“Everything I say here is straight and true.”
On June 25, 1876, Lt. Colonel George Custer and the Seventh Cavalry ignored orders and launched a blind assault on a group of Sioux warriors that numbered three times their size. In a desperate attempt to save their lives from the onslaught of the advancing Indians, Custer ordered his men to shoot and stack their horses to form a barricade. Custer and his men were killed in less than an hour. Among the Sioux warriors who fought at the battle of Little Big Horn, one stands out as a giant in Native American history. His name was Chief White Bull (Eye Witness 1).
From now until March 16,the Sam Houston Memorial Museum is hosting an exhibit depicting the life and times of a young Sioux warrior who later became Chief White Bull. The exhibit is funded in part by the Oklahoma Foundation for the Humanities and the Associates of the Western History Collections.
The exhibit is based on the collaboration between Minniconjou Sioux Chief, White Bull, and professor for English at the University of Oklahoma, Walter S. Campbell, better known by his pen name Stanley Vestal. The exhibit provided the information contained herein.
As a young Northwestern Plains Sioux warrior, White Bull’s status in the tribe depended on the number of successful coups he completed. To gain recognition for a coup and establish himself in the tribe, a young warrior would make a formal boast about his attack. They were also required to have a witness.
To display their abilities and to make sure that other members of the tribe would not forget their talent and skill, older generations of Sioux warriors would illustrate their feats of war on rocks, hides and tepees.
These records were known as “brag-skins.” White Bull was one of the last practitioners of this art form. Today, the art form is known as “exploit art,” or “heraldic art.” White Bull had gained over 30 coups before he was 30-years-old and was held in the highest esteem among the Sioux.
Drawing on skins eventually gave way to paper as it became available. Those images were called pictographs. They were also called ledger art because they were often drawn on ledgers that were either thrown away, or confiscated from the Army during raids.
Within three years of living on a reservation in the 1890s, White Bull learned the language of the Lakota, and began compiling a series of 36 pictographs including seven that he earned at the battle of Little Big Horn.
In 1930, Campbell commissioned White Bull’s pictographs after originally approaching him for information about his uncle Sitting Bull, whom he had fought with in over 17 battles.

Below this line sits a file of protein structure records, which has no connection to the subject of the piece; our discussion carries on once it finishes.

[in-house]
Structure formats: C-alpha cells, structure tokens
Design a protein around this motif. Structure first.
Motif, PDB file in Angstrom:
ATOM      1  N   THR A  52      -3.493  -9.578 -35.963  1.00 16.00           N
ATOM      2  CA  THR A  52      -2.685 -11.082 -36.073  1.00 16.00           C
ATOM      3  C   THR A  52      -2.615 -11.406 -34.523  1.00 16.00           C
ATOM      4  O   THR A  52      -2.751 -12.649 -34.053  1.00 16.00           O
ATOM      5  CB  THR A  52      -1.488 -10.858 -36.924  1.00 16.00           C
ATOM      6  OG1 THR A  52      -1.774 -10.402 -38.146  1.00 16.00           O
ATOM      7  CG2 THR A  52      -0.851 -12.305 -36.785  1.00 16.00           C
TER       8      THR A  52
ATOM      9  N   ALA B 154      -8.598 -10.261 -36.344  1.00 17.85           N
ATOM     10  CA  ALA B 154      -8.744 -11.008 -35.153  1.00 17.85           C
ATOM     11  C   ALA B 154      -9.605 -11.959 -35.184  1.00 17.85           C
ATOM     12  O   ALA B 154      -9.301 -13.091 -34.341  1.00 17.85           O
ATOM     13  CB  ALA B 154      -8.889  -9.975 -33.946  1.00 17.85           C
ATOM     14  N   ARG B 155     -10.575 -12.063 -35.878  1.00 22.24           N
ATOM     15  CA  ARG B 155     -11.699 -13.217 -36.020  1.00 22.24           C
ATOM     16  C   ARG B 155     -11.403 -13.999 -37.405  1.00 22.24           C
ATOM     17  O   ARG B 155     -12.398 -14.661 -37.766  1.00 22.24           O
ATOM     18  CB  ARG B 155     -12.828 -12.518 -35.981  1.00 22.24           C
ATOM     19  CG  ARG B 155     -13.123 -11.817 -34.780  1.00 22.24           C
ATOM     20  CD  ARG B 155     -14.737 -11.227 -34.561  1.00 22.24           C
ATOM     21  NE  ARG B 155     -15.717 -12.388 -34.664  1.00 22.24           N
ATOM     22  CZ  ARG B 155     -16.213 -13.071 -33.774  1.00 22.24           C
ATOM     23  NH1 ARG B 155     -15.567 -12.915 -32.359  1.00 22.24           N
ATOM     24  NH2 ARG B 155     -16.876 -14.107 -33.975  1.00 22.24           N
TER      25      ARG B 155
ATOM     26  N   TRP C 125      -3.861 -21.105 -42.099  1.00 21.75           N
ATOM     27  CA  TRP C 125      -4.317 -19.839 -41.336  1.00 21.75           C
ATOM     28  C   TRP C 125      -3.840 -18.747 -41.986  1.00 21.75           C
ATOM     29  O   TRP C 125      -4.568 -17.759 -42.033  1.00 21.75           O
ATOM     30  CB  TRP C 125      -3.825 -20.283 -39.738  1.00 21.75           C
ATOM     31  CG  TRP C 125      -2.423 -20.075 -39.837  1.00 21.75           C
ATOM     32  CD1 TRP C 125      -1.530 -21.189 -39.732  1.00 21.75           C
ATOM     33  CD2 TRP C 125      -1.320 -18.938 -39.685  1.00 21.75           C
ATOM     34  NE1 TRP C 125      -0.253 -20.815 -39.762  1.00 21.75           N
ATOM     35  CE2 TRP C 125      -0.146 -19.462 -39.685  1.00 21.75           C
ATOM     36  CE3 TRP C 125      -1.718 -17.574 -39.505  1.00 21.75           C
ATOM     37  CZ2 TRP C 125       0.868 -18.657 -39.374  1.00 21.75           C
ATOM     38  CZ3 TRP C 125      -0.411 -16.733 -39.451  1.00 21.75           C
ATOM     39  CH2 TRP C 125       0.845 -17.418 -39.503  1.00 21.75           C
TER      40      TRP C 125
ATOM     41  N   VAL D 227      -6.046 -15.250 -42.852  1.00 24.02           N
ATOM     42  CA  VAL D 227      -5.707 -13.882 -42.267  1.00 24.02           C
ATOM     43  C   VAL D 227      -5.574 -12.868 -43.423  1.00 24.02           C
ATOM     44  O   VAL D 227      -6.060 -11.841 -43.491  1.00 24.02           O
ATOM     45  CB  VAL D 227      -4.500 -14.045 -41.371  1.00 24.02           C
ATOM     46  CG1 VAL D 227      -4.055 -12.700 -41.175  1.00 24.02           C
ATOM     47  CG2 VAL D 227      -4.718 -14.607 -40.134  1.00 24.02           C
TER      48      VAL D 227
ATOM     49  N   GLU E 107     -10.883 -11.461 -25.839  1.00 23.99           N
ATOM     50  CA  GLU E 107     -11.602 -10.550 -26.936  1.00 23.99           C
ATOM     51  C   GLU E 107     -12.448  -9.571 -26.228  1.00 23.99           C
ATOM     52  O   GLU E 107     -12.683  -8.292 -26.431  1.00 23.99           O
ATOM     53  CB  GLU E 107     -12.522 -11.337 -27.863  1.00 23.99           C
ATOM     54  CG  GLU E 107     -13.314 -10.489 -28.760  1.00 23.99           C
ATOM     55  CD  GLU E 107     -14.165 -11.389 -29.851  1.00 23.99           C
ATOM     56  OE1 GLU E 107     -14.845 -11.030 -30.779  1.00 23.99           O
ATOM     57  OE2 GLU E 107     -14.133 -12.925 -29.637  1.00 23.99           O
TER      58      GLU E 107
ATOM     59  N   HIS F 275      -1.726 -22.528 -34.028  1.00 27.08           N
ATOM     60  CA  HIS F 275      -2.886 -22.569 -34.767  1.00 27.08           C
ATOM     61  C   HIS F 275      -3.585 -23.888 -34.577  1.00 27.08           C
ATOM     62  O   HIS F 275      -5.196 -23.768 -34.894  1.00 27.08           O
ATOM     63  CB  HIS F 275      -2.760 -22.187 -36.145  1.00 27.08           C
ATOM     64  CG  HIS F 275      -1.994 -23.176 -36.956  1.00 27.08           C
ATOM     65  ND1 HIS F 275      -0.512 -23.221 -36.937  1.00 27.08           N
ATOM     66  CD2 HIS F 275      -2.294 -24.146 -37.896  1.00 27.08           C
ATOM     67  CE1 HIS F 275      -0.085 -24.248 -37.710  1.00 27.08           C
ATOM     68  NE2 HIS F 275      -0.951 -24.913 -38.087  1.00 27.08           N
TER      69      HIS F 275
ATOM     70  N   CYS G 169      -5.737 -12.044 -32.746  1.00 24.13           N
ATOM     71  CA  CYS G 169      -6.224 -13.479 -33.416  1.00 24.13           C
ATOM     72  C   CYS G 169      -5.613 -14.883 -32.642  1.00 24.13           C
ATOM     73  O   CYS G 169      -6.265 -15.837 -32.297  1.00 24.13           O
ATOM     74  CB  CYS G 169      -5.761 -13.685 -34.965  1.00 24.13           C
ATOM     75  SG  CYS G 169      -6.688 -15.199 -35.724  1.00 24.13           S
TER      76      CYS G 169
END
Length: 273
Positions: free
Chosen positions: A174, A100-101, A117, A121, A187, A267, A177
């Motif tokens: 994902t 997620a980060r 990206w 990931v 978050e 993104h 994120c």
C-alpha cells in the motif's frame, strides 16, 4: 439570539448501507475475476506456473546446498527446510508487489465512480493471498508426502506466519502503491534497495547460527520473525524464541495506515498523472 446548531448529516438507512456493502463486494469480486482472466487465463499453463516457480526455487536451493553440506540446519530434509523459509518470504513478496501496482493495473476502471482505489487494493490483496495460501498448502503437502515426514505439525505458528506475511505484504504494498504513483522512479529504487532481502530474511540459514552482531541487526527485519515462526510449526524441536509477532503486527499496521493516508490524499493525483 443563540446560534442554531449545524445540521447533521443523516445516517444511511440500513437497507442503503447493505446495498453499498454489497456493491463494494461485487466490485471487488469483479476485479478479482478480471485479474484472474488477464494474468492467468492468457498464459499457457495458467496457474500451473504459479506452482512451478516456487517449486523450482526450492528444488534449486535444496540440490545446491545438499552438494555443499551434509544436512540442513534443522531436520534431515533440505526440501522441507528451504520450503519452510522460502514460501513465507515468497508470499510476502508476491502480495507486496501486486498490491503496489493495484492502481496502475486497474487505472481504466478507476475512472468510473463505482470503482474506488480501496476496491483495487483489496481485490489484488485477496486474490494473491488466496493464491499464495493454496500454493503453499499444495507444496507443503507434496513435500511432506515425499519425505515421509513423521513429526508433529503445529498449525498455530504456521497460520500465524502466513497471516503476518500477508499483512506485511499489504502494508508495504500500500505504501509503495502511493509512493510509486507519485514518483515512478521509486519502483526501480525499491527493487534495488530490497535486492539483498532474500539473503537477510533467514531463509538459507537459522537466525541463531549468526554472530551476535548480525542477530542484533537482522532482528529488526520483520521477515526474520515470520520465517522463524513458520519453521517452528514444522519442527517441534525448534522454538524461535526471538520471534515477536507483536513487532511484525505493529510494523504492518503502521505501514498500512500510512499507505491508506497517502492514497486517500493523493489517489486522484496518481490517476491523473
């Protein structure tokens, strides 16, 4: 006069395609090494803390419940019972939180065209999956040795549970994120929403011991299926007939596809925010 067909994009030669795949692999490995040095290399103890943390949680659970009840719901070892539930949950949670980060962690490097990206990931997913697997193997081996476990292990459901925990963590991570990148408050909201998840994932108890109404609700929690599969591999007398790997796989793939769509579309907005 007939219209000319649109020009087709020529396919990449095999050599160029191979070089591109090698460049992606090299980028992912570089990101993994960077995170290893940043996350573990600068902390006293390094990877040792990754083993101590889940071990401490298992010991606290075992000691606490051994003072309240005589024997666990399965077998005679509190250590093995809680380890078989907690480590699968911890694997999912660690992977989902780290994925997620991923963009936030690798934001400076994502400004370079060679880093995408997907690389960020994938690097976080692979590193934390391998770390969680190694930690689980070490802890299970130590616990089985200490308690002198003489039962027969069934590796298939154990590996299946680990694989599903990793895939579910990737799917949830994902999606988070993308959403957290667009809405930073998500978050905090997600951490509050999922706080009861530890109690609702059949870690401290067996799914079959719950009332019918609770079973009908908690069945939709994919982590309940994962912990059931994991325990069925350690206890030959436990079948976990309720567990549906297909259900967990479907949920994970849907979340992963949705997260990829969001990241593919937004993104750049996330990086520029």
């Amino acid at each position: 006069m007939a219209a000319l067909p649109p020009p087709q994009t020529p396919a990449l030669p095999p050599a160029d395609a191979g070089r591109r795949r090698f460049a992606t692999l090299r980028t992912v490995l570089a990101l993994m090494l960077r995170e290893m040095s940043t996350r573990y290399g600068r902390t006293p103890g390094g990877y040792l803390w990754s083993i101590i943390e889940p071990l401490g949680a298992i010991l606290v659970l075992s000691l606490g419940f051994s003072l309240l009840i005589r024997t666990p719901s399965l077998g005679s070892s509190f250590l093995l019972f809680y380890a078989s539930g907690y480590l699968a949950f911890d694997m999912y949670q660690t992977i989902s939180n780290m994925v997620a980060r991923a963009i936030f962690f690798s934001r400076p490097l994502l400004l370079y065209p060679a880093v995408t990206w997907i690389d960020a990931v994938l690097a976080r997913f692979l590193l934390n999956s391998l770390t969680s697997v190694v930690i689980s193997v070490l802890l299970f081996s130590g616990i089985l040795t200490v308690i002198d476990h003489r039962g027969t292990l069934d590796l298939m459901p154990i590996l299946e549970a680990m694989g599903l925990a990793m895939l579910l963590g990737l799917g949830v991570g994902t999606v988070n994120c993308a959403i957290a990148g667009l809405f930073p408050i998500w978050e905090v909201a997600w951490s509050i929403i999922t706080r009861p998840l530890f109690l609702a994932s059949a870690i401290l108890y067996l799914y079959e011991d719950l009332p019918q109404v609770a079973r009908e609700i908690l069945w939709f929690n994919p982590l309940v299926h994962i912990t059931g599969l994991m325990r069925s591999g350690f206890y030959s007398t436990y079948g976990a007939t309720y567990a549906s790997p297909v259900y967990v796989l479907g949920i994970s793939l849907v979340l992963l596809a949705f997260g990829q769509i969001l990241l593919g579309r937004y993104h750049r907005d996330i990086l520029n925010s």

White Bull promptly obliged Campbell, and was paid $70 to copy over 40 of his illustrations that the chief thought could document his coups. Campbell thought it would be a good way to portray the Sioux warrior culture.
Every two-dimensional drawing on display portrays a single deed in the warrior’s life. They are unique in that the action being portrayed moves from right to left. The hero is usually shown mounted on a horse while the enemy is grounded. The pictographs capture a moment in time, a frozen instance of courage where two or more lives hang in the balance.
Each picture records White Bull’s age at the time of the coup, the date and his name in Lacota and English as well as his kinship to Sitting Bull.
The exhibit is summed up in a single Sioux phrase. “The picture is the rope that ties memory to the stake.”
The killer of Custer, the son of Makes Room, a Minniconjou chief and Good Feather, a Hunkpapa bride, White Bull ruled the Northern Plains.
Plains Indians considered the willingness to put one’s self in danger a much braver deed than simply killing someone from a distance. So, a warrior could achieve greater status by approaching his enemy close enough to touch him with a bow or lance before moving in for the kill. This was considered much more impressive than killing the enemy from a safe distance. White Bull adhered to that code.
Campbell expressed the mentality of White Bull concerning warfare during his reign. “his sport, the joy and pride of his life, the thing of which he fought and dreamed, the field on which all his talents and desires concentrated,” Campbell said.
For more information about this exhibit visit the Sam Houston Memorial Museum Web site at http://www.shsu.edu/~smm_www.